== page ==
Being immersed in this history, it was difficult to see how Barr would create a bridge between this tale from the past and the one set in the near-present day. But the way he connects the two is gracefully done as we recognize characters between the two sections and see how the politics of the past can still be felt today. The thing which really drew me to Willem’s character is his bookish nature as he prefers spending time in the library at school rather than playing sports. Stories present an escape from his present where he’s ruthlessly bullied and ostracised. But what I most admire about the way the author handles Willem’s character and his storyline is that he’s not shown to have any particular sexuality though he’s labelled by his father and other boys as a “moffie”. Whether he’s still uncertain about his sexuality or keeps it private isn’t a concern for the reader and this better highlights how the issue is really the standards of masculinity all boys in this environment are being held to. Equally, a friendship Willem develops with another boy is delicately and complexly handled when it could have so easily become a cliché in the hands of a less talented writer.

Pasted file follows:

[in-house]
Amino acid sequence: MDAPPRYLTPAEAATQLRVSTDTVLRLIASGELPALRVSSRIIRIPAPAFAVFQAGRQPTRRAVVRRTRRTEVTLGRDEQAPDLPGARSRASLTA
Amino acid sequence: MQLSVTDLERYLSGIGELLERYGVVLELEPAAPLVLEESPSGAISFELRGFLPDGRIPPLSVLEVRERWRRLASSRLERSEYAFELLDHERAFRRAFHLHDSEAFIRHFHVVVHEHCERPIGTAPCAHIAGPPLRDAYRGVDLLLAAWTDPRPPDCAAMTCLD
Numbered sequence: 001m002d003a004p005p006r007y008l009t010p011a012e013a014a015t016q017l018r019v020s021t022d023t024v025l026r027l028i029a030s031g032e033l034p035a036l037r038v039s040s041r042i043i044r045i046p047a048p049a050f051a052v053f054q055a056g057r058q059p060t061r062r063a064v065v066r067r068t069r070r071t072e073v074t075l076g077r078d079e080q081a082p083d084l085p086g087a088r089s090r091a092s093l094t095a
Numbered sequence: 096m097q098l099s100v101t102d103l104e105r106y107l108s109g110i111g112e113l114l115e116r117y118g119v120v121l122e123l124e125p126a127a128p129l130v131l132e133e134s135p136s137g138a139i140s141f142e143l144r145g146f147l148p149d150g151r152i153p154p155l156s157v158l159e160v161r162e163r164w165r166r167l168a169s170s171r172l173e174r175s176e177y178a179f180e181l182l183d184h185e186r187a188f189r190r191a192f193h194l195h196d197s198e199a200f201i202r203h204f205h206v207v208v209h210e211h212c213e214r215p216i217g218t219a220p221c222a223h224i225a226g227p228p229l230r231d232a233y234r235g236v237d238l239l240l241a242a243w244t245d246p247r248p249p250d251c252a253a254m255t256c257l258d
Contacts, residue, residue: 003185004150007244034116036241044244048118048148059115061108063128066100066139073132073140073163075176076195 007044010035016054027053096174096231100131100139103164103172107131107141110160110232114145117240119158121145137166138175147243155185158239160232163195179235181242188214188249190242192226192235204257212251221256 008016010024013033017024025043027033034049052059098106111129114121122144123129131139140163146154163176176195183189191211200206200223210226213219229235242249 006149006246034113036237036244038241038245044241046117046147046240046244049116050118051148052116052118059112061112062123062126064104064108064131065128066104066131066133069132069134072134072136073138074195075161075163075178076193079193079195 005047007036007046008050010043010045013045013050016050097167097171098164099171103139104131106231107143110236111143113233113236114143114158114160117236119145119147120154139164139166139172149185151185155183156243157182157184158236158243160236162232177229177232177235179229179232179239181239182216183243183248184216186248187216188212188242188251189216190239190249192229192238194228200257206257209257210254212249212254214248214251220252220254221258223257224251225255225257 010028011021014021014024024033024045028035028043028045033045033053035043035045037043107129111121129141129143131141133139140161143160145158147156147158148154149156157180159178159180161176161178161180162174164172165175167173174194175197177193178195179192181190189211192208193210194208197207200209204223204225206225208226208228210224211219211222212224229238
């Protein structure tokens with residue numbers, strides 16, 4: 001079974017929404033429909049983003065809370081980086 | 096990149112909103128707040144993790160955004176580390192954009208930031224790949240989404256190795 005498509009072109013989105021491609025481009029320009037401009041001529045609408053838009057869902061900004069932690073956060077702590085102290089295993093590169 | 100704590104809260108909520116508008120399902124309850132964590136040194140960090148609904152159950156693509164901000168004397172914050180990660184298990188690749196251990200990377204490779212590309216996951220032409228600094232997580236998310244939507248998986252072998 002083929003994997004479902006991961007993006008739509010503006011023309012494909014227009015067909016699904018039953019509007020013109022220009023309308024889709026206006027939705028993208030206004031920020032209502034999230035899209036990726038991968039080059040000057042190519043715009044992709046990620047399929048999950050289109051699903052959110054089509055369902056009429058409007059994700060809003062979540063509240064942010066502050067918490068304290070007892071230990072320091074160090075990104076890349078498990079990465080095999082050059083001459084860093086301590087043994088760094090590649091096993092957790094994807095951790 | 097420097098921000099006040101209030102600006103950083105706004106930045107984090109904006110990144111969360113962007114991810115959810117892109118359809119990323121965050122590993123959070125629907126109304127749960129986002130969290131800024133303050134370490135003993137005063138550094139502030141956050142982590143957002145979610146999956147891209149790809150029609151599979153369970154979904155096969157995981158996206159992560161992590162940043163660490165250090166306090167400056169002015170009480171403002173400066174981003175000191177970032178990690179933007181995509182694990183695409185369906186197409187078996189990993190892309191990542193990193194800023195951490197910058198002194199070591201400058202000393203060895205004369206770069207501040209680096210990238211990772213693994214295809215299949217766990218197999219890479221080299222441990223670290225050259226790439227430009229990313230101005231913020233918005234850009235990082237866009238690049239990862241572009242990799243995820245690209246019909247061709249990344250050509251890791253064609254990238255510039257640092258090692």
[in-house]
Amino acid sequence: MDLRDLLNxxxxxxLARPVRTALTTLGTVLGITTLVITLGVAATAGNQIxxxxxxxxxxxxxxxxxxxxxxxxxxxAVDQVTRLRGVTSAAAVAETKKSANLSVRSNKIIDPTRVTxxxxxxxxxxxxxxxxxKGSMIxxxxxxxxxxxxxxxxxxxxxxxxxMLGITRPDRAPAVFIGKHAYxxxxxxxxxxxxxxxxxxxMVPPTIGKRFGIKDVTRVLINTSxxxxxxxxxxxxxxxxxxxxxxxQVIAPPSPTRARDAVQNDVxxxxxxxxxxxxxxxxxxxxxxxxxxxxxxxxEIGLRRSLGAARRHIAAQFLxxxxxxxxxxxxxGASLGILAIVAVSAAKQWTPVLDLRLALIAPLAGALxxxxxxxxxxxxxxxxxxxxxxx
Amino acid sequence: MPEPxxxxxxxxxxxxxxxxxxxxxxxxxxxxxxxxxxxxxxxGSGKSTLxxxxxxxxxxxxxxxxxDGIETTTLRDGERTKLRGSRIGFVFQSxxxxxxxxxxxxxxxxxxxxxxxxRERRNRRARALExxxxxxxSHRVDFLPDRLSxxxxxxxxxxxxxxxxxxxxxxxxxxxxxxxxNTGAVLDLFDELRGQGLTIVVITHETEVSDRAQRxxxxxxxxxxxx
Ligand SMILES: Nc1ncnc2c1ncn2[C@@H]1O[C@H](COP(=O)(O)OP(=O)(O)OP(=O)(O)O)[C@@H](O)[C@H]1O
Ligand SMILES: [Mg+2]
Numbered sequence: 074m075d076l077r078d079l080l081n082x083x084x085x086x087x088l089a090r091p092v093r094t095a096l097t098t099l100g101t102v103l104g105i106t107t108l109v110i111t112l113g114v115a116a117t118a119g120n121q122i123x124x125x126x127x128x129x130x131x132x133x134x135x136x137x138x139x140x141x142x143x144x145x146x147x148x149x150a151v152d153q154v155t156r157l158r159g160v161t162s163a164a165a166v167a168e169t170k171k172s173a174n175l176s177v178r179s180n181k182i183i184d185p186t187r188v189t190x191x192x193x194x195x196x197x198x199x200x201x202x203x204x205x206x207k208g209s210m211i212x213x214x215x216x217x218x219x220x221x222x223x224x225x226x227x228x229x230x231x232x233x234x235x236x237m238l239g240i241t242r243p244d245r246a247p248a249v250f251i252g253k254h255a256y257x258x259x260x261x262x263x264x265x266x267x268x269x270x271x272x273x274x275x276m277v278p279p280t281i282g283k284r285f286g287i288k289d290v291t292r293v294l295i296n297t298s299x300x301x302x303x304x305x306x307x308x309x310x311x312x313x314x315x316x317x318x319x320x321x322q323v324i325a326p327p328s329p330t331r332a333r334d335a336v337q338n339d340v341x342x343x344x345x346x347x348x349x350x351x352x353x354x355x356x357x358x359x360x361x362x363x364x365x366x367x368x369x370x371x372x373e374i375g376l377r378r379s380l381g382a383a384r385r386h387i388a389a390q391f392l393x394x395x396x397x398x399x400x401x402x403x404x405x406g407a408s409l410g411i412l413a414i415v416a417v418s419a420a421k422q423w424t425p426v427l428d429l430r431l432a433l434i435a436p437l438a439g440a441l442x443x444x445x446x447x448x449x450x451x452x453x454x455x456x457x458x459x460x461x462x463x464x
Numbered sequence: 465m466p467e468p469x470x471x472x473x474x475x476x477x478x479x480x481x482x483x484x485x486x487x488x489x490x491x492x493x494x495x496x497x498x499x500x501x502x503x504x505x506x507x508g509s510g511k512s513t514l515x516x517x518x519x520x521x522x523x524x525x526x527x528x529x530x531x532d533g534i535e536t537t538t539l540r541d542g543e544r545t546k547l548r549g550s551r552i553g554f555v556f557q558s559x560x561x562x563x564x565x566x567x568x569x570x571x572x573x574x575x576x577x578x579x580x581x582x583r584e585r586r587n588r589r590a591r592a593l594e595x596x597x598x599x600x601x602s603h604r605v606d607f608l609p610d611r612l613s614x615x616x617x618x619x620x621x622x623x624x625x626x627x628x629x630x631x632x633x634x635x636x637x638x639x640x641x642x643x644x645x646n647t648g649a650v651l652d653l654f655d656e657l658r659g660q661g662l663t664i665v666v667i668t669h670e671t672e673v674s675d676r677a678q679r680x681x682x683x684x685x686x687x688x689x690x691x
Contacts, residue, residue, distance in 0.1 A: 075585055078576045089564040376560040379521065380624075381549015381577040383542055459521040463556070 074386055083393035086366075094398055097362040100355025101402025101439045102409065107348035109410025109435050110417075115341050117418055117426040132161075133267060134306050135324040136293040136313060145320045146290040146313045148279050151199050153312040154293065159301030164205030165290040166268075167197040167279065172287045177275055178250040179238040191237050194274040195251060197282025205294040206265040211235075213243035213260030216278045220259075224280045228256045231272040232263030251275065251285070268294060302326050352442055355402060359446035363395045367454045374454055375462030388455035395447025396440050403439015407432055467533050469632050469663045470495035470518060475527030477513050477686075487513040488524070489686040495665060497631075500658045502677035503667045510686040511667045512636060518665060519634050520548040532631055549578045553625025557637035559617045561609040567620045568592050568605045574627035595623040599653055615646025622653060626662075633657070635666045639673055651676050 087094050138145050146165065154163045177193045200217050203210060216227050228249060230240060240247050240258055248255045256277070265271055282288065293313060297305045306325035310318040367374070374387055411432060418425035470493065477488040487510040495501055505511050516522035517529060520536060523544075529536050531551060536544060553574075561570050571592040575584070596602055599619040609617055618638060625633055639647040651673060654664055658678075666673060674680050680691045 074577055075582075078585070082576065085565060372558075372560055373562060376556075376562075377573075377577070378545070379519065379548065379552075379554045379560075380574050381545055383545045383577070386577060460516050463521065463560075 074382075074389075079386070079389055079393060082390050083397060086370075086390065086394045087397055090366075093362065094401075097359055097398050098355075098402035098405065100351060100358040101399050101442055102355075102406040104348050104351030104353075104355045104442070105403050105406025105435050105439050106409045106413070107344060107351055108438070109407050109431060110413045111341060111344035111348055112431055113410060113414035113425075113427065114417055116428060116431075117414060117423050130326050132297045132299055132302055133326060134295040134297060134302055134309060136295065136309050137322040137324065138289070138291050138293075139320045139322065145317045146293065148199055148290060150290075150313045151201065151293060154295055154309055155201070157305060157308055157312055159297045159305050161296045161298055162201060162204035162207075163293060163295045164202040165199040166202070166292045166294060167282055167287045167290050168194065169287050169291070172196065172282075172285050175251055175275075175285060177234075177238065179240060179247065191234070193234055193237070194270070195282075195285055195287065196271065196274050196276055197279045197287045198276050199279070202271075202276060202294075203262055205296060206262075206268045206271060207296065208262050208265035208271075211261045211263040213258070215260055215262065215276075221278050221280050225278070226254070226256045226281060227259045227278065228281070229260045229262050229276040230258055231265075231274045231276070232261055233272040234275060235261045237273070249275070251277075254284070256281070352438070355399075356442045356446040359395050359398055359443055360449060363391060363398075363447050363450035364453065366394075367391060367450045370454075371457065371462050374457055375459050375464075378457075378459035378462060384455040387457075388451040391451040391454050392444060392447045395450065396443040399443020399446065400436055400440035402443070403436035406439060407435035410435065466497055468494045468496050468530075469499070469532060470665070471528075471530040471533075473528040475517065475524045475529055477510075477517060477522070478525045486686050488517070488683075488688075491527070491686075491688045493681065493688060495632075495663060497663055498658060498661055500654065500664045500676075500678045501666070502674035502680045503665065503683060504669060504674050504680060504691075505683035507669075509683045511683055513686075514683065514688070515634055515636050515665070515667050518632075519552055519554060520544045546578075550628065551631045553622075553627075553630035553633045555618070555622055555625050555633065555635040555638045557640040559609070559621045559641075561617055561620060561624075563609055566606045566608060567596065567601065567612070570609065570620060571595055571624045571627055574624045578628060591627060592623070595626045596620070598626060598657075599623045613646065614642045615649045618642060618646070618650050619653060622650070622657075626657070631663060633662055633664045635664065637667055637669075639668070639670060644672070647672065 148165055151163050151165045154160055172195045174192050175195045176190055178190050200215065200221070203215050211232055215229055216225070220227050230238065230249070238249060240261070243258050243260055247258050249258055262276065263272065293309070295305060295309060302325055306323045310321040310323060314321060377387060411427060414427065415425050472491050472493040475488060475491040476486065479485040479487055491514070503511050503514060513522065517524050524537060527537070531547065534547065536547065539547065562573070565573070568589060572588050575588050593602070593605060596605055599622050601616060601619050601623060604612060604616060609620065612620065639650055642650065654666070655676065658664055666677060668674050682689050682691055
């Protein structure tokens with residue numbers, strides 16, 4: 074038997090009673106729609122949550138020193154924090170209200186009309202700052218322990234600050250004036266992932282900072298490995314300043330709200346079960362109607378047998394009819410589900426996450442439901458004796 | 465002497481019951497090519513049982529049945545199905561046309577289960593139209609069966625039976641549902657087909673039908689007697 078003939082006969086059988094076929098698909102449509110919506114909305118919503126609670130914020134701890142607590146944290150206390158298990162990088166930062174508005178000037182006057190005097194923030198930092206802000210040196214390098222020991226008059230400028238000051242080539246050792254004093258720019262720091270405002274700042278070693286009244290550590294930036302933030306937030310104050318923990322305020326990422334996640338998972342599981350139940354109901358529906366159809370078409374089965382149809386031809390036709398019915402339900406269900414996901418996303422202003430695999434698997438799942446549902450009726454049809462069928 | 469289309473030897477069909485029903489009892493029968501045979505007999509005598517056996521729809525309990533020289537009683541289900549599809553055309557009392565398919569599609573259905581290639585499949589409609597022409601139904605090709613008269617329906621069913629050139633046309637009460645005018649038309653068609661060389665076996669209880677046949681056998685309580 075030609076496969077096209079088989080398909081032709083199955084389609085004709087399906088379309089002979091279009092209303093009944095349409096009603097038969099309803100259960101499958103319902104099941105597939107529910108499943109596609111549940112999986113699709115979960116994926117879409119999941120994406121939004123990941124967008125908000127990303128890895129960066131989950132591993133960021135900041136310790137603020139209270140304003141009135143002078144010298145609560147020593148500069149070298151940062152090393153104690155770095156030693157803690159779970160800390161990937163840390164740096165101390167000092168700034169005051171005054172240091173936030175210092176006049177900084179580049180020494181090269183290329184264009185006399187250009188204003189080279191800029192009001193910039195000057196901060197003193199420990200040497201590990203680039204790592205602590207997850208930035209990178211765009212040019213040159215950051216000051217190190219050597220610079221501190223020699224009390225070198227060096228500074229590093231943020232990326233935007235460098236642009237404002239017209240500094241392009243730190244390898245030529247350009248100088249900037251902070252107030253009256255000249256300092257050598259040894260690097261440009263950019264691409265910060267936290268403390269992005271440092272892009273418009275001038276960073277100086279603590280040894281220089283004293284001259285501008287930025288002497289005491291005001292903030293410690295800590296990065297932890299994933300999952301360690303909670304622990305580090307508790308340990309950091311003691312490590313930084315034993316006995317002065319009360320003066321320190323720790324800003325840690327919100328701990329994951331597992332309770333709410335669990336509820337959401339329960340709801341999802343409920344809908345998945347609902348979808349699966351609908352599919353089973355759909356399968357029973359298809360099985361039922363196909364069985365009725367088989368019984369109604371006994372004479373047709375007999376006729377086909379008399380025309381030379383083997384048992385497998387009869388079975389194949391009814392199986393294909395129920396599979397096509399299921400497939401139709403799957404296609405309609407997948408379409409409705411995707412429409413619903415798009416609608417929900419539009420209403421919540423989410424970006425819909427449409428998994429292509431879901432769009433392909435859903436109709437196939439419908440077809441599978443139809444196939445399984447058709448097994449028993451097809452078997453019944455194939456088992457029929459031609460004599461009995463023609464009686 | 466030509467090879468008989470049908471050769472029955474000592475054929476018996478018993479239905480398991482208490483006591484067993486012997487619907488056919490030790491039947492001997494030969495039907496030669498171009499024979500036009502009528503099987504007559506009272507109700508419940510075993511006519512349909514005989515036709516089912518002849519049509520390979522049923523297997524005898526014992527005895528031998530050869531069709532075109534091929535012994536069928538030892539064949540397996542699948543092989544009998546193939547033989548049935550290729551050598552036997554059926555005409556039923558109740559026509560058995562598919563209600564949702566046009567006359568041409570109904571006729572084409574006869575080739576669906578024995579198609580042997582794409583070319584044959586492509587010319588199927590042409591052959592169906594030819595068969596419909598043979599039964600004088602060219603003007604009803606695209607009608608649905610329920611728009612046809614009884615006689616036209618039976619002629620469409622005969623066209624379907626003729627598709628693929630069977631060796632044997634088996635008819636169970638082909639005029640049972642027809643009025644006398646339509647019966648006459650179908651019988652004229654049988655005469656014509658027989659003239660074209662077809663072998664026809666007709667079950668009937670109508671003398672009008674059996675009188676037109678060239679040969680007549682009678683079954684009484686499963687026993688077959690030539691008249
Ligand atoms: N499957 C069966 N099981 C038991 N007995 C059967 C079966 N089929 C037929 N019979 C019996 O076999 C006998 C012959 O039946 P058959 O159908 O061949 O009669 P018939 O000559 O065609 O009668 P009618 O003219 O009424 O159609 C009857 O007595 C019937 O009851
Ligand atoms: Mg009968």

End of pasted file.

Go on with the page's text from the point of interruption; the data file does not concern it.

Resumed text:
A British-run concentration camp during the Second Boer War

A British-run concentration camp during the Second Boer War

This novel came with a huge amount of expectation. Not only was Damian Barr’s first book a compassionate and insightful memoir about growing up in the time of Thatcher. But he also regularly hosts the most impressive and glitziest literary salon in London where the guests he interviews include some of the best and most famous writers of today. Interacting with such literary greats puts a lot of pressure on this host to create a first novel that's really something special, but the result is so original, impactful and mesmerising to read that it's a real triumph. I've been lucky enough to get to know Damian a bit over the years and I always feel a lot of anxiety reading something by a writer I know because if I don't enjoy it I need to awkwardly explain to them I don't think it's their best (or pretend I've not found time to read it.) So I was thrilled to discover what a genuine joy it was reading this story and what an impressive, finely researched, artfully constructed novel it is! It's really made me rethink how I look at history – the many ways victorious nations conveniently forget their failings and crimes when teaching world history. I also felt such a connection to the characters that they're going to linger in my imagination for a long time.

AuthorEric Karl Anderson
CategoriesDamian Barr